Smells like teen Nebby
Revisiting Piedmontese wine is like popping in an old CD of some incredible musician you've forgotten about and saying to yourself: maaaan, this is a-freaking-mazing! Why do I even listen to all that other shite? Like, say you've been tripping on the Raconteurs for weeks now, then you get bored, dig up your Ella Fitzgerald and swoon with reverence. That's what it's like for me.
Listen to me people: put down the big, phat-ass Cab for just half a sec and put your nose in some Nebbiolo. This is the kind of wine that, when crafted by someone who knows the patience it takes to make it, is positively erotic. And that's even before you've had a sip. We're talking aromatics that will make your knees buckle.
My favorite not-yet-a-wine-bar, VinoVino of Austin, hosted an Italian wine tasting Friday that showcased a few of my faves: Inama (Soave Classico and that good, stinky Sauv Blanc), Boroli (well priced Dolcetto and Barolo) and most fabulously, the magnificent Marchesi di Gresy. So I'm there with my buddy Mark and we're shoveling blobs of garlicky white bean paste on crostata in our mouths, waiting for the di Gresy table to reopen. "God, I wish the guy would hurry up," I whined. "I can't wait to try those Barbarescos."
My ex-husband, Jerry (God love him) feigned bar wiping and whispered to me: "Just so you know, Alberto di Gresy is manning his own table, and he's right there behind you."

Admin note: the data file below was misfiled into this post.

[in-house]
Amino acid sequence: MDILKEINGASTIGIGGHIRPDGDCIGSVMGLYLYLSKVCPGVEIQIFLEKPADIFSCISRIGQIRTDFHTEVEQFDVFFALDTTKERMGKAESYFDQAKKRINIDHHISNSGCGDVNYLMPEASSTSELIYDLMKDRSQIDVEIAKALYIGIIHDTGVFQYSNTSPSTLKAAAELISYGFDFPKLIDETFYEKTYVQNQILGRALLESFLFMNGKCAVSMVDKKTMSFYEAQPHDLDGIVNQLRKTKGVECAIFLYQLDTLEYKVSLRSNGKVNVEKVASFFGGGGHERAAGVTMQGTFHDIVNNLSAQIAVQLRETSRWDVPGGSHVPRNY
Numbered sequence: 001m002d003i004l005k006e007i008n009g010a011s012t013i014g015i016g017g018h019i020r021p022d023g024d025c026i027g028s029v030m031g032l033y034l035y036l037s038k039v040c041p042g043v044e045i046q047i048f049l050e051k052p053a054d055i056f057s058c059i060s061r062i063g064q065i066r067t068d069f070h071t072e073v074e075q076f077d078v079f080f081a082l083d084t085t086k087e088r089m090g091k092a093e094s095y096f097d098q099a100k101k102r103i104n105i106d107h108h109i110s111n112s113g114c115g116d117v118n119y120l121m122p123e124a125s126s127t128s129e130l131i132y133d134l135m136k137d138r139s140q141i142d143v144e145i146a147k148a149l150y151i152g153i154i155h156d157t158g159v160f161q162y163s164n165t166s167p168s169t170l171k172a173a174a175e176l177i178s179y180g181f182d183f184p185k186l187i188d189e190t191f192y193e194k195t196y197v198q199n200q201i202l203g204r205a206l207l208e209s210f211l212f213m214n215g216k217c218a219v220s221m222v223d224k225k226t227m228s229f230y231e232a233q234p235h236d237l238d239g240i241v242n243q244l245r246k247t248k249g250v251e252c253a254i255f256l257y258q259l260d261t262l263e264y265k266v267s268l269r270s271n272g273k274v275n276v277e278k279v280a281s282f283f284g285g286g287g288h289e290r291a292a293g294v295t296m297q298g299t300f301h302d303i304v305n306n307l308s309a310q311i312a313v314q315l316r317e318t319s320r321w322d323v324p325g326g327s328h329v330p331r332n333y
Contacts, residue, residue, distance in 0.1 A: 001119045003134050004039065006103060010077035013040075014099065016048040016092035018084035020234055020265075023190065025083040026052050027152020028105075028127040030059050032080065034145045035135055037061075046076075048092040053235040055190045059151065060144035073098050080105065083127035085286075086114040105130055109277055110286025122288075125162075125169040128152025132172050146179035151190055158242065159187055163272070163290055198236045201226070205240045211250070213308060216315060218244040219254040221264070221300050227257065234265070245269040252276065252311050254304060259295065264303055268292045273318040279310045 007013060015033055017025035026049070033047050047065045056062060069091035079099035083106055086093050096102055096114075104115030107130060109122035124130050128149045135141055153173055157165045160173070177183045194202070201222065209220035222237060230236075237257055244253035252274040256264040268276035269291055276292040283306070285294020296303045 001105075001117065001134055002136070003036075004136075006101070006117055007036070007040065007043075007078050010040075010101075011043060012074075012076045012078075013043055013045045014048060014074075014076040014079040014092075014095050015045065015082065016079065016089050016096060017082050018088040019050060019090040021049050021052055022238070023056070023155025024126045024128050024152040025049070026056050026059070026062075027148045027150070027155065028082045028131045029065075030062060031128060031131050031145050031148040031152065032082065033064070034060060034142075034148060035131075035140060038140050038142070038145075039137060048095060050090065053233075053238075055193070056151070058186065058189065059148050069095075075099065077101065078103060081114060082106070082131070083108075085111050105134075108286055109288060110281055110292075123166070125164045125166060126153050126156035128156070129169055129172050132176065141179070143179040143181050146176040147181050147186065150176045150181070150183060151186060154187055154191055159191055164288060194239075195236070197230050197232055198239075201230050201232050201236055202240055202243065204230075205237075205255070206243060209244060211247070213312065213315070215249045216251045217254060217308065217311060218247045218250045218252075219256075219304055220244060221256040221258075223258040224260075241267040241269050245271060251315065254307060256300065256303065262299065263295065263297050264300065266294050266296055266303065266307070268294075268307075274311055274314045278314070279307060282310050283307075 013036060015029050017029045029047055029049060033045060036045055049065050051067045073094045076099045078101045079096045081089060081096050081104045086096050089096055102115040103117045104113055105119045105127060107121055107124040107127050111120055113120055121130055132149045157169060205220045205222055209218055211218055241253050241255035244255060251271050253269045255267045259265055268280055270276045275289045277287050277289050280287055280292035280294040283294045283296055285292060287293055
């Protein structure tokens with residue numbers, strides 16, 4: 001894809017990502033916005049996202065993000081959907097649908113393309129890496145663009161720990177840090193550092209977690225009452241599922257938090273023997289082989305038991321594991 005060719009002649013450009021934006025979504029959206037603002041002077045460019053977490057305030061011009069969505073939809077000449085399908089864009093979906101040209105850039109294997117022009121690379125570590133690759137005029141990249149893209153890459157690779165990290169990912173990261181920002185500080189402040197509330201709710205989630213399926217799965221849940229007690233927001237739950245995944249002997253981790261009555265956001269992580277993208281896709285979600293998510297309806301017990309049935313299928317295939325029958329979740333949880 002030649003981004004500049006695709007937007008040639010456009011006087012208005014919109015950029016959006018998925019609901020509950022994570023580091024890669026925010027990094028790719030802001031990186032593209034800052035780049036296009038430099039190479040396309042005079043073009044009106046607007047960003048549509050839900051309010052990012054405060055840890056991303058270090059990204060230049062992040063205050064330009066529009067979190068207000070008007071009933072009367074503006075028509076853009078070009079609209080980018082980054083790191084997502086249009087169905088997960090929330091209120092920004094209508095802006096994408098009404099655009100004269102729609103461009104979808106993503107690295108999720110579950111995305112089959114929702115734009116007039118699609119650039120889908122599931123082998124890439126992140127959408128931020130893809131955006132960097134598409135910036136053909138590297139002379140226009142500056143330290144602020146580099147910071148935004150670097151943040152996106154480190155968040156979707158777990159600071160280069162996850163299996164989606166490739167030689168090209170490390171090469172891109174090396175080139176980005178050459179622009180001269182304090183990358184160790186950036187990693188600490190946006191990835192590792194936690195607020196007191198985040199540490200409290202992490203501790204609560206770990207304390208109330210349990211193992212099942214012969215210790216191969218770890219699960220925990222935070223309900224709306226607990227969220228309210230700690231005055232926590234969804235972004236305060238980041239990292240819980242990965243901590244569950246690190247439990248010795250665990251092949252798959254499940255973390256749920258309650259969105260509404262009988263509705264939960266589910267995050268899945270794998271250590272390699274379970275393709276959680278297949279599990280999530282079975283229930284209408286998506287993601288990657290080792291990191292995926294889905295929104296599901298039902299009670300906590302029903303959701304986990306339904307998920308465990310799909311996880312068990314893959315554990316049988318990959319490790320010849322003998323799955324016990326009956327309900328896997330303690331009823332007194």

Damn. Needing a moment, I shoveled bean paste into my idiot hole. Mr. di Gresy smiled over his coffee and winked, said he'd be over there right away for me.
Mr. di Gresy poured us some Dolcetto first: the 2005 Monte Aribaldo. I found it to be one of the nicest I've ever had. Sometimes they can have a rough edge to their acidity to me, but this one was light, bright and soft, with deep color and a tannin structure screaming for food. "Okay, this wine is my new girlfriend," said Mark, but the best was yet to be had.
My new girlfriend was the first of three Barbarescos: the 2003 Martinenga. Oh...oh, yes...hell yeah! Such a sexy nose, wafting the perfume of spice, tobacco, anise and violets such that the world melts away...
Oh, what? I'm all overboard? You try this stunning beauty for yourself and you'll see. And yes, it's probably pricey. But this is the kind of wine that delivers allllll the bang for your many bucks. It won't even occur to you to actually drink the wine until someone points out you've been huffing it like a teenage paint thinner freak for half an hour now.
The second Barbaresco was from a specific vineyard in Martinenga (link to photos and info, check it out) , the 2000 Martinenga Gaiun Barbaresco. While we enjoyed this more subdued, older beauty, His Di Gresy-ness pointed to two hills on which his vineyards grew and explained that one must always remember that the best quality Nebbiolo grows "over the tits", meaning on top of each of the hills. This is because the rainfall can collect "between the tits" and over-saturates the vines, causing flavor and color to be less intense (and yes, he apologized for this analogy to me, being the only female in the listening group, but there was no need).
The third, another single vineyard wine: 2000 Camp Gros...alls I know is I wrote the following about it in my book: OMFJG!!!
Well, at least I know what that was supposed to mean.
The pic above (taken by Mark...ta, love!) is of Alberto di Gresy (who appears to be making fun of Mark's shoes), Claudia Alarcon (freelance foodwriter buddy) and myself. I cannot possibly meet enough dashing Italian winemakers, so if you are one, please drop me a line and invite me to your 400 year old estate in the hills.